Yes. Right now Hall County, they have roughly I’d say 20-25 of these interactive panels throughout the district. And typically we were putting them in these learning commons spaces/media centers, as we’re renovating those. And typically most of the time they’re going on mobile carts and so what that allows them to do is the students, faculty, the media center specialists, they can move that interactive panel over to create any kind of small group environment and have an interactive panel to be able to utilize during that session. So these interactive panels, they come built in with an Android OS and then an option to add a PC module in. And most of Hall County have the built-in PC module that has an i5 processor. It comes with a full software suite that includes some educational software as well as some white-boarding tools and things like that. And so that’s where in the learning commons spaces and then kind of in those nontraditional classroom spaces, athletics, that’s where we’re putting these Clear Touch displays in. [Timestamp: 8:32]
Were there any specific things you had to do to futureproof all of this stuff as much as possible?
We try to think about that. As we do any kind of design work, as we’re implementing different technology, we’ve always tried to stay kind of on that cutting edge of technology in the education space and try to think ahead. I remember four or five years back I think we were one of the only integrators out there with an interactive panel at that time. Clear Touch didn’t exist and some of the other ones did not exist yet. It was kind of new in education and everybody looked at it and said, “I don’t know about that.” And now it’s becoming the most common piece of technology that’s going in the classroom today. So our job is to stay ahead of the curve on the technology that schools are using. So we were always thinking ahead. Another example of that is moving to an HDBaseT technology. Most of the café systems that we do – gymnasiums, auditoriums, those like that – we’re sending signal and in most cases via HDBaseT which carries power, video and control over one single cable. And what that allows us to do in a lot of instances is we can turn on and off projectors from a wall plate using one cable. It gives us the ability to hey, maybe they don’t need the full capability right now, but they might in a couple of years and the capability will already be there for them. So that’s how we’re kind of thinking through of how to future-proof these systems. [Timestamp: 9:59]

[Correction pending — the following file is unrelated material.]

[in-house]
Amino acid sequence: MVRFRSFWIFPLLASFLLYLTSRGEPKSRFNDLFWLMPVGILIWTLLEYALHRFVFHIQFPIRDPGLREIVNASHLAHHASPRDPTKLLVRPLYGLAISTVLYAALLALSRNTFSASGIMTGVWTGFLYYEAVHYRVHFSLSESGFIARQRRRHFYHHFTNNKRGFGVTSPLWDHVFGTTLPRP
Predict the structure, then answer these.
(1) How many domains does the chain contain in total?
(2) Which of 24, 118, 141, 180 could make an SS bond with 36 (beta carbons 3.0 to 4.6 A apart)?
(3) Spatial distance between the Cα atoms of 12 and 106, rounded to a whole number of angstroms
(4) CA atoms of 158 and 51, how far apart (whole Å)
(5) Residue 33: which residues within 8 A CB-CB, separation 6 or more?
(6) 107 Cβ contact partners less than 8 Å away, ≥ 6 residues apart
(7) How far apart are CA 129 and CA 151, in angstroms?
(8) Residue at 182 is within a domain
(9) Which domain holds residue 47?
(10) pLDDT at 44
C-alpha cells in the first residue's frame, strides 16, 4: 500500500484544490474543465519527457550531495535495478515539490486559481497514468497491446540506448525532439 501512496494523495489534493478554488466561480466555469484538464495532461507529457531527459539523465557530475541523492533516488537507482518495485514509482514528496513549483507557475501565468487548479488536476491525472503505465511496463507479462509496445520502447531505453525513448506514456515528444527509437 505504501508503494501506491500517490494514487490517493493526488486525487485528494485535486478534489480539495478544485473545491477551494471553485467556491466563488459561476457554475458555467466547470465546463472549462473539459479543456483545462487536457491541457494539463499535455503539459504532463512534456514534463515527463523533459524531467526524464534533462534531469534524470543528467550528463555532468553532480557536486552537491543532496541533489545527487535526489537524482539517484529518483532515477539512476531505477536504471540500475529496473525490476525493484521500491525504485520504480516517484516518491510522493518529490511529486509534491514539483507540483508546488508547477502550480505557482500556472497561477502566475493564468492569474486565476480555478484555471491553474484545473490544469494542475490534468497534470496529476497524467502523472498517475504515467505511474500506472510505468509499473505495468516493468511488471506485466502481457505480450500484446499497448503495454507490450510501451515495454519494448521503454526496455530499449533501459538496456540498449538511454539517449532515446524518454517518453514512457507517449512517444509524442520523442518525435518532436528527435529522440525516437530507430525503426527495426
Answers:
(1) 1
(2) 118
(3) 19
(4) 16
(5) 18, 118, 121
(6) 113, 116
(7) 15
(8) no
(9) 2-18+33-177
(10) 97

So what’s the learning curve been like on the systems you put in? Have they picked up on it pretty quickly?